Tonglen: A Loving Kindness Meditation
Adding More Peace in This World
- is the meditative practice of taking in the suffering of others and sending back Love and Peace. Each and every day we see suffering in our daily lives. Our child has a bad day at school, a friend is dealing with an illness, a coworker just got fired, someone we walk by on the street is homeless. The amount of pain in the world often feels overwhelming and we are left wondering what we can do. It may feel like our hands are tied - very few of us can personally stop bullies at school, cure illnesses, or offer employment. Volunteering is a great opportunity to help, but it may not touch those other people we see suffering. There IS something you can do - Tonglen. The focus you spend on others CAN ease their pain and yours!
- In order to develop true compassion we must be familiar with suffering. This simply means that we explore what causes heartache or pain to others. If a dear friend is suffering from depression after a break up, we can certainly tell them we are sorry, but is her depression truly understood? This is the time to ask her "What are you really feeling?" Then to assist her - focus on her pain.
- As stated before, Tonglen is the practice of visualizing someone's pain, taking it into our being, and sending back Compassion and Love. "What?" you say, "Take on her pain? Why should I do that?" This act is not the same as inviting pain into your life - it is the act of trying to feel as she does. Tonglen invites her pain away,
- transmutes it
- into love and tenderness, and send it back in a warm bath of love. Imagine the feeling of seeing your child crying and wanting to take away his or her pain. In Tonglen, this is expanded to other individual people, larger groups, or perhaps whole countries.
The Tibetan Book of Yoga - Techniques on How to Cultivate the Heart by Geshe Michael Roach
Heart Yoga is infused with tong-len, a Tibetan meditation of "giving and taking" where the practitioner generates compassion through a mental image of taking away pain from others and giving joy. In later chapters, Roach walks his readers through the 10 exercises that form the core of the daily, 30-minute Heart Yoga practice. Each exercise is described in modest detail (with a few accompanying black-and-white photographs) before Geshe Roach offers his commentary on how the exercise serves the development of the five levels. Throughout, he remains centered on the fifth level, world-seeds, and the generation of compassion, as the vital foundation for successful, long-term practice.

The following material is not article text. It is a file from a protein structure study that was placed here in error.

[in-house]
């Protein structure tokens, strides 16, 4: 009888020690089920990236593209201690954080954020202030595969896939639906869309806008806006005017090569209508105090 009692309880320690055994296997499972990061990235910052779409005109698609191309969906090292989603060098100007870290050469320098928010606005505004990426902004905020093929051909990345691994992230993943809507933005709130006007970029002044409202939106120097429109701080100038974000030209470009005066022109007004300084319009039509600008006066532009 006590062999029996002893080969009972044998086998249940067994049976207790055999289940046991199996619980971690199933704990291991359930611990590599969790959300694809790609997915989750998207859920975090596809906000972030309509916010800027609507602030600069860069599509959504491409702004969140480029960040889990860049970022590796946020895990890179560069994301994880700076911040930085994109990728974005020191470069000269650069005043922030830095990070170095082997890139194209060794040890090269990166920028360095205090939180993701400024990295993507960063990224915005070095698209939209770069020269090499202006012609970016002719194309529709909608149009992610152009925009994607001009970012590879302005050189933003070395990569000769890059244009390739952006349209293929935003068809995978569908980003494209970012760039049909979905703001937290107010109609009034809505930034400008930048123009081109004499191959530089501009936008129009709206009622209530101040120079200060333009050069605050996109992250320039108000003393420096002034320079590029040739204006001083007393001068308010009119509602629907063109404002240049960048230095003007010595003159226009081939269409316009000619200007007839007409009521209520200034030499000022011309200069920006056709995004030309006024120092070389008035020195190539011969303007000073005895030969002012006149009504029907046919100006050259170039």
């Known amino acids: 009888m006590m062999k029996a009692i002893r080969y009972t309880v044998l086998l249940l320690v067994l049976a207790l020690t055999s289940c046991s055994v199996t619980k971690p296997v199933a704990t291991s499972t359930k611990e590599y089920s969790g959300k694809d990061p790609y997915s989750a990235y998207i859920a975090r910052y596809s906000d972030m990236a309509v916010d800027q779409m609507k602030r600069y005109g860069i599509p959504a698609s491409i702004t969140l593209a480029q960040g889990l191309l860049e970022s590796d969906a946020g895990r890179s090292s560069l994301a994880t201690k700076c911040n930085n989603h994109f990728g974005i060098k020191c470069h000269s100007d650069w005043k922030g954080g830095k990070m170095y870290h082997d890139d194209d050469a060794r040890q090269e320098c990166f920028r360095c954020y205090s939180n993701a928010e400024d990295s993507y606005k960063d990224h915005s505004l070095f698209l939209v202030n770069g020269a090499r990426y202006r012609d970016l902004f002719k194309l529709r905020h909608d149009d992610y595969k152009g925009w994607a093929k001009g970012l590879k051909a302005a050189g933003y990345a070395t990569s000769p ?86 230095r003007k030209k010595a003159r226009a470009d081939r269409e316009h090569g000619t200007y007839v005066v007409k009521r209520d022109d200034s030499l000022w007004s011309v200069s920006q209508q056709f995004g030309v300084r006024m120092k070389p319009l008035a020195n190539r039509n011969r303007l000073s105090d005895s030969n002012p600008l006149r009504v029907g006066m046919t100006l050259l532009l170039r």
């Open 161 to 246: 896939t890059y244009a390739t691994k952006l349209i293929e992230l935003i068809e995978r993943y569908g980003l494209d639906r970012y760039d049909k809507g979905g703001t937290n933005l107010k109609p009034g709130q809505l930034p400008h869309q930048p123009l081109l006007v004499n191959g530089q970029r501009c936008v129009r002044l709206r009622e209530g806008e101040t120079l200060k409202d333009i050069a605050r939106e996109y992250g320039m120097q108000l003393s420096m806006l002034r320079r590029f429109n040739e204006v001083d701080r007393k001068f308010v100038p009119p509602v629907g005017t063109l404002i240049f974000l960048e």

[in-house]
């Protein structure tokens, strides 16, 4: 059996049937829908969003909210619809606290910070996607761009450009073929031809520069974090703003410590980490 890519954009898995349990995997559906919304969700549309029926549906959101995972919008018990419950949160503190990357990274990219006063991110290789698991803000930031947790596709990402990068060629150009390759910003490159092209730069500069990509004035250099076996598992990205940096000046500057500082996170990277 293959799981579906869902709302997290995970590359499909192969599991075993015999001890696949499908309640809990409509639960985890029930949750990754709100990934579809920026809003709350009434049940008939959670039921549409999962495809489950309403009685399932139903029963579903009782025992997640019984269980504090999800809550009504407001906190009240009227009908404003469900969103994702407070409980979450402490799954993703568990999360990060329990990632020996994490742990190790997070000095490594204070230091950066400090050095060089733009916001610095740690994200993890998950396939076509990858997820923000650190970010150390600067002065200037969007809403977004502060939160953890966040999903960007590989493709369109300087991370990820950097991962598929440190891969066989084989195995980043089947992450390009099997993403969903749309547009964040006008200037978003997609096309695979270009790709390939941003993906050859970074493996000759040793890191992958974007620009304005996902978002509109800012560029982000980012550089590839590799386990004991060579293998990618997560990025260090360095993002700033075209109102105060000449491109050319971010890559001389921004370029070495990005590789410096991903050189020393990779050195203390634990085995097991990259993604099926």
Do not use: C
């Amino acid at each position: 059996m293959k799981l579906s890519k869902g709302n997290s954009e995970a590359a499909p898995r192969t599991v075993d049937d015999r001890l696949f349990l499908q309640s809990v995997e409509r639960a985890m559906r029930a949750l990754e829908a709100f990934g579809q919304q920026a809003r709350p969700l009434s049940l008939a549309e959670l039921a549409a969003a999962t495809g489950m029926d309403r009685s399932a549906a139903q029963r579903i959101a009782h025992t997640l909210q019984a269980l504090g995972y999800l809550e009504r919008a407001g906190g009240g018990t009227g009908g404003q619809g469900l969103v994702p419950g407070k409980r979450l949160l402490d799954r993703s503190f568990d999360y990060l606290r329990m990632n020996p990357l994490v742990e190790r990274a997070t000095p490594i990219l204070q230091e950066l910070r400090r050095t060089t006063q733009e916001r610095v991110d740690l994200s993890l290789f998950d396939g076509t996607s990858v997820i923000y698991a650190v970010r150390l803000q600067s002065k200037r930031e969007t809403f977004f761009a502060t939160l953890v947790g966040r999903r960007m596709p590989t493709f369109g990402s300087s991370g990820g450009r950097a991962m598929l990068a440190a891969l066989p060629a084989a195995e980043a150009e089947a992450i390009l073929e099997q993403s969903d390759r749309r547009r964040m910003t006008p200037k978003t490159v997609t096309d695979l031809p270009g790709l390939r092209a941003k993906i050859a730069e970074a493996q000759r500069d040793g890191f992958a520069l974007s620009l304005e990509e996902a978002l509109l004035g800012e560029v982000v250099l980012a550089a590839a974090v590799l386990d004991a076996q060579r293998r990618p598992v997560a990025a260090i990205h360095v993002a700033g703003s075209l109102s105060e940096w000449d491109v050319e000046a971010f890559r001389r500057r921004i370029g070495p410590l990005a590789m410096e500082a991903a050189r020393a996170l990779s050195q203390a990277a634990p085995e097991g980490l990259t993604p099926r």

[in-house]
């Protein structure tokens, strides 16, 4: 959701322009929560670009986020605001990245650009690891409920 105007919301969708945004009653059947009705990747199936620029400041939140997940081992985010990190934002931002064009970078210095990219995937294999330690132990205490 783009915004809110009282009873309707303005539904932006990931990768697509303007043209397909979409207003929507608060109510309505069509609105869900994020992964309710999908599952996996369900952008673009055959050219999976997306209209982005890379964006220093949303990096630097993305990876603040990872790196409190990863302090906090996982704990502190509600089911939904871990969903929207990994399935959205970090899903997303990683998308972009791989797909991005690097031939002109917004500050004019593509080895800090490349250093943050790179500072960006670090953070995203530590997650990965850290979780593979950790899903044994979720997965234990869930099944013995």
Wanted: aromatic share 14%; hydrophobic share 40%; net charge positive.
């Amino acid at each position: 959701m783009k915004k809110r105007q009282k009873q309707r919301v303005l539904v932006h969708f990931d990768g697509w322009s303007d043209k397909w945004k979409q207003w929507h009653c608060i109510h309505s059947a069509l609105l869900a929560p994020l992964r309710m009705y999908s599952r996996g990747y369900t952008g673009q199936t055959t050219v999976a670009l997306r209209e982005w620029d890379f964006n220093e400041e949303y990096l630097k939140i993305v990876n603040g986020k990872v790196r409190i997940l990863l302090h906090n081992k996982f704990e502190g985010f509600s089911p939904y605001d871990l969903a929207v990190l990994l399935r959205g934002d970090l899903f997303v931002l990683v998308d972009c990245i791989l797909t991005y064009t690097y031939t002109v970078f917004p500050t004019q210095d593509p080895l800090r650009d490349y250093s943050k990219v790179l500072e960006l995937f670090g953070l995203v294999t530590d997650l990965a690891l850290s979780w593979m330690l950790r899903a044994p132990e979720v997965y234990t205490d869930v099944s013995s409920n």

How to Perform Tonglen
Create a Daily Space for the Ritual Meditation of Loving Kindness
1. Find a comfortable seat
2. Visualize someone you love sitting directly in front of you
3. Imagine the stresses, anxieties and worries he or she might be experiencing
4. Picture a bright, red rose at your heart center with a shiny diamond in the middle
5. Inhale and draw out his or her pain like a dark murky cloud. Draw the cloud close to you
6. Inhale and take the cloud of suffering in
7. The moment the cloud touches the rose in your heart picture a flash of light - all the pain has been dissolved
8. Exhale and send a new cloud of bright light and warmth filled with your love for him or her
9. Picture your loved one enveloped in this warm cloud of appreciation.
Start with someone you care for, but eventually expand out to acquaintances, people you've never met, remote communities and countries in need.
Hear More About Tonglen - A Buddhist Practitioner Describes his Experience of Giving & Taking Back
"Tonglen, or the practice of sending and taking, reverses this process of hardening and shutting down by cultivating love and compassion. In tonglen practice, instead of running from pain and discomfort, we acknowledge them and own them fully. Instead of dwelling on our own problems, we put ourselves in other people's shoes and appreciate our shared humanity. Then the barriers start to dissolve, our hearts and minds begin to open. " - From Pema Chodron
"'Give and Take' mounted on the breath is the magic device
Bringing love, compassion, and the special mind.
To save all beings from this world's great ocean,
Please bless me to awaken true bodhimind."
From "An Offering Ceremony to the Spiritual Masters" by The First Panchen Lama